Nov 20 2020

Chitra Ganesh Wins 2020 Anonymous Was a Woman Grant

by Stephanie Siu

Portrait of CHITRA GANESH. Image via Instagram.

On November 18, New York-based grant program Anonymous Was A Woman announced multimedia artist Chitra Ganesh as one of its 2020 grantees along with nine other recipients who were recognized for their artistic growth, accomplishments, originality, and potential as female-identifying artists over the age of 40. Each recipient receives an award of USD 25,000 to further their artistic career development. 

Ganesh is known for her surreal and fantastical mixed-media works that represent feminist narratives. Her works challenge canonical norms of sexuality and power, often depicting bizarre and phantasmagorical images of female characters. Growing up in Brooklyn, New York, in an Indian immigrant family, she was exposed to Hindu mythology, literature, and popular culture, which now form the departure point for her practice. For example, her series of linocuts Sultana’s Dream (2018) visualizes the titular feminist sci-fi novel by Bengali author Rokeya Sakhawat Hossain. Ganesh relates the fictional story to her own experiences, commenting on issues like gender inequality. Ganesh graduated from Brown University with a BA in Comparative Literature and Art-Semiotics, and received her MFA from Columbia University in 2002.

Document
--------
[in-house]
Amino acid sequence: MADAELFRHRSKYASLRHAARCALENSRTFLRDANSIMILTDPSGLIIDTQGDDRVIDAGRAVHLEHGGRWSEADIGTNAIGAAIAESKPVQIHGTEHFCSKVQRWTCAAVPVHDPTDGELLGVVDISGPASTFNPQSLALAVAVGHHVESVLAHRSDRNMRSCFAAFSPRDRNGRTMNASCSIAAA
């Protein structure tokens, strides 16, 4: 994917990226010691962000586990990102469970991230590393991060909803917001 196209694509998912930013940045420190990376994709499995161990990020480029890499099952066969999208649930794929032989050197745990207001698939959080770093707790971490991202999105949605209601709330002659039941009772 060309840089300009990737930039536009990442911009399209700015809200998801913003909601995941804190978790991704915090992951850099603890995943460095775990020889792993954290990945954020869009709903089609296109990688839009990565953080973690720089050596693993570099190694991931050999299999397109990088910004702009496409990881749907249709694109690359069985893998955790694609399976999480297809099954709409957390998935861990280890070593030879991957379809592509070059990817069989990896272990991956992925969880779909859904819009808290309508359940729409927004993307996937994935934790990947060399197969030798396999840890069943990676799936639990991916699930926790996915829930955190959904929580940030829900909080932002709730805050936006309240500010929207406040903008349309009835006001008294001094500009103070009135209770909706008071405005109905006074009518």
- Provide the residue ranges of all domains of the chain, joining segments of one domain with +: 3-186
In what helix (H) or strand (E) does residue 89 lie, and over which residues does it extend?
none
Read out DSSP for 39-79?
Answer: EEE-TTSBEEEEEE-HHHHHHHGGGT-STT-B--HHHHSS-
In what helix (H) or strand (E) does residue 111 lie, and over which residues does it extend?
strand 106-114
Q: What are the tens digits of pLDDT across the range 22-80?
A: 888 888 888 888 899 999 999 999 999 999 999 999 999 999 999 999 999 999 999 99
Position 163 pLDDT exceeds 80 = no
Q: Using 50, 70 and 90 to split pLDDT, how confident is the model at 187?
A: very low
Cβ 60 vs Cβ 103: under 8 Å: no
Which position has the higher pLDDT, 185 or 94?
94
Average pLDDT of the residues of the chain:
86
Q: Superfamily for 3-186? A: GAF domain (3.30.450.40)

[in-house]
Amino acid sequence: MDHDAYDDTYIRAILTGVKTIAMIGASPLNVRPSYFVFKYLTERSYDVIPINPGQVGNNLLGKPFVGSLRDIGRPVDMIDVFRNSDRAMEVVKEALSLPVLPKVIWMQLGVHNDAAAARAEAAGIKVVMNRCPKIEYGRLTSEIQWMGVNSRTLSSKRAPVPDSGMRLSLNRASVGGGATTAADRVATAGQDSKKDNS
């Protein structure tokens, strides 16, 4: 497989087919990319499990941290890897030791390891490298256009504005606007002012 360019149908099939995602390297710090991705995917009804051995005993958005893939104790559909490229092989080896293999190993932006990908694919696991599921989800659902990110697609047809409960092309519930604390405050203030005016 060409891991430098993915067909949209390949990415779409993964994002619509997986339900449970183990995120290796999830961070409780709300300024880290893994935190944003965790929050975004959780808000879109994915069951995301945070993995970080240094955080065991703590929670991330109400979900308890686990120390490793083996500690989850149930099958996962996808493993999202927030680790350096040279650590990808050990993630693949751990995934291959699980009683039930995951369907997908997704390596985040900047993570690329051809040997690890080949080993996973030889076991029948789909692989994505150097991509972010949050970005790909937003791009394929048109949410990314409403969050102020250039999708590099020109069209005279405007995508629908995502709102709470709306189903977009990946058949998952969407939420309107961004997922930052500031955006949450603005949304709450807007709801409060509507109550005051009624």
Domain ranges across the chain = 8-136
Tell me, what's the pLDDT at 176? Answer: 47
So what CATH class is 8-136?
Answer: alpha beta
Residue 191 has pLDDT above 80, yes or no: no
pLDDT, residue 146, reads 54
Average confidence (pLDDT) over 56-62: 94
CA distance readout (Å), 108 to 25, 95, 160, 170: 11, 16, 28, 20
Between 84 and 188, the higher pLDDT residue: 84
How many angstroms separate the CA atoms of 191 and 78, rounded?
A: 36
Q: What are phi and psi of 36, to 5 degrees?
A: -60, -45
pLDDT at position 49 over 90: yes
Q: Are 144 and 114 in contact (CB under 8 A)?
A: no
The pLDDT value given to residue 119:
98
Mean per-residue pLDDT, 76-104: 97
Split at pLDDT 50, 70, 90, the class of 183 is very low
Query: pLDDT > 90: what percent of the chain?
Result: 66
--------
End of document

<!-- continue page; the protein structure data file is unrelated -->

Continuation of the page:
Among the nine other grantees are multidisciplinary artist Linda Goode Bryant, tapestry weaver DY Begay, visual artist Barbara Chase-Riboud, multidisciplinary artist Elena Del Rivero, painter Karen Gunderson, mixed-media artist Virginia Jaramillo, videographer and artist Claudia Joskowicz, multimedia artist Karyn Olivier, and multidisciplinary artist Juana Valdés. Winners were chosen among a pool of applicants nominated by an anonymous group of distinguished art historians, curators, writers, and artists. 

This is the second batch of grants that has been awarded this year. Earlier this year, a USD 250,000 Covid-19 Emergency Relief Grant by Anonymous Was A Woman was distributed to artists who have experienced financial hardship as a direct result of the pandemic, with each successful applicant receiving up to USD 2,500. 

Anonymous Was A Woman was founded in 1996 by artist Susan Unterberg who remained anonymous until 2018, to support female artists in the middle stages of their careers. To date, there have been 250 award recipients.   

Stephanie Siu is an editorial intern at ArtAsiaPacific.

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